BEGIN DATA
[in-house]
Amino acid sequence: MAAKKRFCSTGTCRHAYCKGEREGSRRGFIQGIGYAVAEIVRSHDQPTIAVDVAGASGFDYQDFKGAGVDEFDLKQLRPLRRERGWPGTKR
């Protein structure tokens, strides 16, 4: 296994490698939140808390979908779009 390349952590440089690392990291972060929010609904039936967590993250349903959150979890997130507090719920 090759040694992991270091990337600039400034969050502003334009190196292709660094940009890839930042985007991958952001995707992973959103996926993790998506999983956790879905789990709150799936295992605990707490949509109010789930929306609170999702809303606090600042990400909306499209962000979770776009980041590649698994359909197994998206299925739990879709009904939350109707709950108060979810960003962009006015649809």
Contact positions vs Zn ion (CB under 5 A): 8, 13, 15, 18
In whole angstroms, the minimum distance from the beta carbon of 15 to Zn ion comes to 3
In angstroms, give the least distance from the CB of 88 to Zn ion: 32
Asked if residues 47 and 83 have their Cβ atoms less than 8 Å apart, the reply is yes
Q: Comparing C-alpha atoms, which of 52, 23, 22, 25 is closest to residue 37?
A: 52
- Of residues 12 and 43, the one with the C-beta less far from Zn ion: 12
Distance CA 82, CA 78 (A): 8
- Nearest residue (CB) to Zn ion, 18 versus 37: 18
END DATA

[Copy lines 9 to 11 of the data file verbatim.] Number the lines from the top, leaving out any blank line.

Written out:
A: 52
- Of residues 12 and 43, the one with the C-beta less far from Zn ion: 12
Distance CA 82, CA 78 (A): 8